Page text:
Who wouldn’t love their own face mask designed from their own art? With a side of Chardonnay, of course. Here’s BFF and me in masks purchased from simply to impress.com.
I love zinnias! I grow them from spring to fall in my side garden, and they’re so easy. Just strew, rake, water, and wait. I have cut flowers for months. Enjoy several of my pix from when the butterflies were gorging on them!
The other night, BFF mentioned being hungry for chicken and dumplings. That sent me looking to past blog posts to search for my yummy recipe. After several friends asked for the how I made it, I decided it was time to revisit it on my blog. This is truly a delicious meal for a cool evening.
BFF and I have been doing studio art that is appealing to both of us. A few pieces are worthy of hanging in our homes, but framing is just so darn expensive! After reading somewhere about slat framing, we decided to give it a go. Each frame, at most, cost $12, though it did require a little crapsmanship to make it happen. Read the rest of this entry
I made the yummiest salad this week using a recipe from the great cooking magazine, Louisiana Cookin’. (For the original recipe, see www.louisianacookin.com/shrimp-mango-ceviche/.) The recipe was entitled “Shrimp and Mango Ceviche,” but in my book, it wasn’t really a ceviche because it didn’t start with raw seafood “cooked” in citrus juices. Plus, it had mayo, which no self-respecting ceviche should have. I made a few tweaks to the recipe and renamed it “Tropical Shrimp Salad” to better represent what I think the salad should be called.
BFF and I have decided to work through a book of art lessons when we meet in the studio. The photo above shows our reference book — The Complete Painting Course, edited by Ian Simpson. So far, we’ve only managed to do the first lesson. The task was to set up a still life and use a limited palette to paint it. We set up the scene in the middle of our work table, BFF on one side and me on the other. BFF is a much more accurate draw-er than I am, but I still gave it a go. I won’t tell you whose is whose, but which one appeals to you?
This isn’t a crapsmanship account today but an appeal. This beautiful woman is the daughter of a dear friend. She has been missing from Vivian, Louisiana since January 21, 2020. The sheriff’s department detectives are investigating and are confident that someone knows her whereabouts. Unfortunately, “being a good person” isn’t enough motivation for someone to share what they know. Consequently, I have started a GoFundMe account that will provide a reward for information that would lead to her whereabouts and/or the arrest of the responsible party.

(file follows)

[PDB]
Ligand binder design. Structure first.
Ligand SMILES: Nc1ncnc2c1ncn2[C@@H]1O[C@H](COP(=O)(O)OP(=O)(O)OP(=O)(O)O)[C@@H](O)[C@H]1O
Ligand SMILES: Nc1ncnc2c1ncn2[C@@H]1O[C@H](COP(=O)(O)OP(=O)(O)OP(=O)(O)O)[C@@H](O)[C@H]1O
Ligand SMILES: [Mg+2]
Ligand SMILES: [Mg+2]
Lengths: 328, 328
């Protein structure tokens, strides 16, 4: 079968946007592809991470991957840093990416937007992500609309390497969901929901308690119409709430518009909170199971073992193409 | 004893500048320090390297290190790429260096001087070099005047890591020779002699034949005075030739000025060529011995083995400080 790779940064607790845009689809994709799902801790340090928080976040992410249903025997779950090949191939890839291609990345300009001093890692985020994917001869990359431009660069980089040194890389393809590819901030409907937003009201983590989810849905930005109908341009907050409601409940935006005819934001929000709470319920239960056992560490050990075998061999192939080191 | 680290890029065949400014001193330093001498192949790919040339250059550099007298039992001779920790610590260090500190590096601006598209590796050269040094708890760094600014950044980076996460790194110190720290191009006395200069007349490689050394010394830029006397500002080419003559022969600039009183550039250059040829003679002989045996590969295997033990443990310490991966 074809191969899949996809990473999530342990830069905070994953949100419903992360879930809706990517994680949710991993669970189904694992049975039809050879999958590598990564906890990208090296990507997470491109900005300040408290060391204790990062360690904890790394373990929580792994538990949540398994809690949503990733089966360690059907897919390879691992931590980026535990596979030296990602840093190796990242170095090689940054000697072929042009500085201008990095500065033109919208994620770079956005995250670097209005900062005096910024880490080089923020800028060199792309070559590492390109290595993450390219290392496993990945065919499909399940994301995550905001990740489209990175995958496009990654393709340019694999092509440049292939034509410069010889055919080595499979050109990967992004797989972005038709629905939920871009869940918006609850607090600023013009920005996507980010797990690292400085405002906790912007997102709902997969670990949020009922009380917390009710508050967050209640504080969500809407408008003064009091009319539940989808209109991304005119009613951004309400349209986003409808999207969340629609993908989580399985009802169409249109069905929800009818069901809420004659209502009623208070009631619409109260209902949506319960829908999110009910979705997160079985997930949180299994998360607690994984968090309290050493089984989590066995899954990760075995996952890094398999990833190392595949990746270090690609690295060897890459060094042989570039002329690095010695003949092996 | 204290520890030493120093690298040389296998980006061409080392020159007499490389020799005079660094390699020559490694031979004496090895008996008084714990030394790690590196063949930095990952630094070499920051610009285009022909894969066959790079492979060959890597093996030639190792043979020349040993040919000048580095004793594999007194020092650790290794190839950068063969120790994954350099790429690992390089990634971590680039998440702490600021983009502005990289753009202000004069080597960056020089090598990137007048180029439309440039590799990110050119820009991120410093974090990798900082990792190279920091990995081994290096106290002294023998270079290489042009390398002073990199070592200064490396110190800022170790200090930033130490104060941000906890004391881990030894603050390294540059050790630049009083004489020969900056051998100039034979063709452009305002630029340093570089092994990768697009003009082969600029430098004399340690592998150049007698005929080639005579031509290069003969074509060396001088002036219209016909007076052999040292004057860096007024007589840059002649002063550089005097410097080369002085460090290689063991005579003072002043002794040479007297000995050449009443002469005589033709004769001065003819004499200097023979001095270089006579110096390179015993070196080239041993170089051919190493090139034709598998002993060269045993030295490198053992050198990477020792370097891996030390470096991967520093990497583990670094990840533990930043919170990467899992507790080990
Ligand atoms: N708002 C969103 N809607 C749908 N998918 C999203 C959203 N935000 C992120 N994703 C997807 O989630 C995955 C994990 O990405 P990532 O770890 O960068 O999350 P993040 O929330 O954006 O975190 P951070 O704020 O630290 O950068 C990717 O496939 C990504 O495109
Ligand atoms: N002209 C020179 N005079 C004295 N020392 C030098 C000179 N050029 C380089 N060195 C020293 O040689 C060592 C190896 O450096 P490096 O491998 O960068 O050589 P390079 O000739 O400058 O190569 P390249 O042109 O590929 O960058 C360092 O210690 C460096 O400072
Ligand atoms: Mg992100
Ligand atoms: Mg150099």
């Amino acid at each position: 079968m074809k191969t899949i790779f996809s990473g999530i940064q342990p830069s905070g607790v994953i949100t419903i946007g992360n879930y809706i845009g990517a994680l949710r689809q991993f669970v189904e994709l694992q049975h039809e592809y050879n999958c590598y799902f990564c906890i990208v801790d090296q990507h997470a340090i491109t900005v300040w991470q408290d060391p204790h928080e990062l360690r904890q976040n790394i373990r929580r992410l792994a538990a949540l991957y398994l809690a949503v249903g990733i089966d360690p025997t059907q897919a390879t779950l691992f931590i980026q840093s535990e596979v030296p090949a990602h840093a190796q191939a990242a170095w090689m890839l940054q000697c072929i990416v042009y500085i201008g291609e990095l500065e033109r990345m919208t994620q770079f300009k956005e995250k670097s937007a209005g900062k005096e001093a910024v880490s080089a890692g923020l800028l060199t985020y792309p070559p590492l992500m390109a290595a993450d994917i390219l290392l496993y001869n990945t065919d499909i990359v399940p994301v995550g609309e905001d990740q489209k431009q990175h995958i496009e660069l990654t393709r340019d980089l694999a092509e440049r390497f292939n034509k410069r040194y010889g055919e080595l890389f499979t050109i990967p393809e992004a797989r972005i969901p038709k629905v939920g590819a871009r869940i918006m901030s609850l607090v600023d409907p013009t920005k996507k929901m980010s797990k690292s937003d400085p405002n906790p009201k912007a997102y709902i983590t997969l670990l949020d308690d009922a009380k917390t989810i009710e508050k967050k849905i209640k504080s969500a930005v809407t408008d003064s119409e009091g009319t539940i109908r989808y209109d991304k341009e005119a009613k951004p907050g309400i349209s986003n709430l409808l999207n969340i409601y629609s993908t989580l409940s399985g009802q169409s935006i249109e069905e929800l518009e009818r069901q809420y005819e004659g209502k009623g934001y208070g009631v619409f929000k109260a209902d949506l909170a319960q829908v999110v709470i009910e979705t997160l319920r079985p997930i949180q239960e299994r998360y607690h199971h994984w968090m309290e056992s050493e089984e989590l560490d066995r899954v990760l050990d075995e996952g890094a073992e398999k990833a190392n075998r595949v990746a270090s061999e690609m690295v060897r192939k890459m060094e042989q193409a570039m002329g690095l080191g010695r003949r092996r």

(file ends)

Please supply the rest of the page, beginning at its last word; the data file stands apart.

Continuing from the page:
Please, please, share the link below. Shares and donations are two ways to help this family find their daughter.
Thank you from the bottom of my heart.
Last week, I shared my progress in understanding artistic principles as I worked on an abstract canvas piece. (If you missed it, see https://crapsmanship.com/2020/08/09/progress/.) I worked more on the canvas today, covering up a few parts I wasn’t happy with and adding some texture using a piece of screen material and some gold paste. I haven’t decided if I’m finished with it yet, but I’m liking the improvement. Now to decide which way I want to hang it. What do you think?
I used an app called “ArtRooms” to “hang” the picture in a home setting. I used the free version of the app, but you can get rid of the watermark with a paid subscription. I like them both of the imaginary settings for my art. I just wish my house looked that good!
BFF and I recently bought two big canvases (70% off at Michael’s!) for the studio, and I’ve been experimenting with an abstract piece. I used to say that abstract art was easy — just slop some paint on a canvas. But it’s surprisingly hard. My photos today will show you my progress on the big canvas, which was also my first time painting on an easel. I am now much better at:
- mixing colors,
- avoiding making all the colors look like mud,
- being willing to paint over a section I’m not happy with,
- knowing I need to find balance,
- varying the sizes of my marks, and
- understanding that the piece needs to look good from afar and look interesting up close.
I still very much struggle with the ending — knowing when the piece is finished.
Here are several photos of the piece I’m working on right now. It starts with an attempt, then a total paint-over, and finally a direction to go, even though I’m not finished.
I’m also learning that art isn’t about the finished product, but rather the process and progress. Good learning!